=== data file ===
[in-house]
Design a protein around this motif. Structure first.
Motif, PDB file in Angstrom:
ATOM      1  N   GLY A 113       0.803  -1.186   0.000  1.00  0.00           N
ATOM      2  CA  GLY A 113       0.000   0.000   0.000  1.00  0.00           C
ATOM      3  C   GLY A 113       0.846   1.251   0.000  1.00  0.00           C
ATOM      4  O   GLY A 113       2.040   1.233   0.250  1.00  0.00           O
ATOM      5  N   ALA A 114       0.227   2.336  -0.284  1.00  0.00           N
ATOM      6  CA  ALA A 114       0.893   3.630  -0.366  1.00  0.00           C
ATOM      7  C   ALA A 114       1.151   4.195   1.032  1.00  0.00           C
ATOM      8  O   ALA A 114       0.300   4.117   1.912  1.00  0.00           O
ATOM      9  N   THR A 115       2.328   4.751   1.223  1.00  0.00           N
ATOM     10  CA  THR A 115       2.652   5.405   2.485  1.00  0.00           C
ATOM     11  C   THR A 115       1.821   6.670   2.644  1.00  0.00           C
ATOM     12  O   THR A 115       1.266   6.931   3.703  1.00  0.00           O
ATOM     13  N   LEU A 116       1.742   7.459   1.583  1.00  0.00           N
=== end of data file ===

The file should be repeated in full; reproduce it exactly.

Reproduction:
[in-house]
Design a protein around this motif. Structure first.
Motif, PDB file in Angstrom:
ATOM      1  N   GLY A 113       0.803  -1.186   0.000  1.00  0.00           N
ATOM      2  CA  GLY A 113       0.000   0.000   0.000  1.00  0.00           C
ATOM      3  C   GLY A 113       0.846   1.251   0.000  1.00  0.00           C
ATOM      4  O   GLY A 113       2.040   1.233   0.250  1.00  0.00           O
ATOM      5  N   ALA A 114       0.227   2.336  -0.284  1.00  0.00           N
ATOM      6  CA  ALA A 114       0.893   3.630  -0.366  1.00  0.00           C
ATOM      7  C   ALA A 114       1.151   4.195   1.032  1.00  0.00           C
ATOM      8  O   ALA A 114       0.300   4.117   1.912  1.00  0.00           O
ATOM      9  N   THR A 115       2.328   4.751   1.223  1.00  0.00           N
ATOM     10  CA  THR A 115       2.652   5.405   2.485  1.00  0.00           C
ATOM     11  C   THR A 115       1.821   6.670   2.644  1.00  0.00           C
ATOM     12  O   THR A 115       1.266   6.931   3.703  1.00  0.00           O
ATOM     13  N   LEU A 116       1.742   7.459   1.583  1.00  0.00           N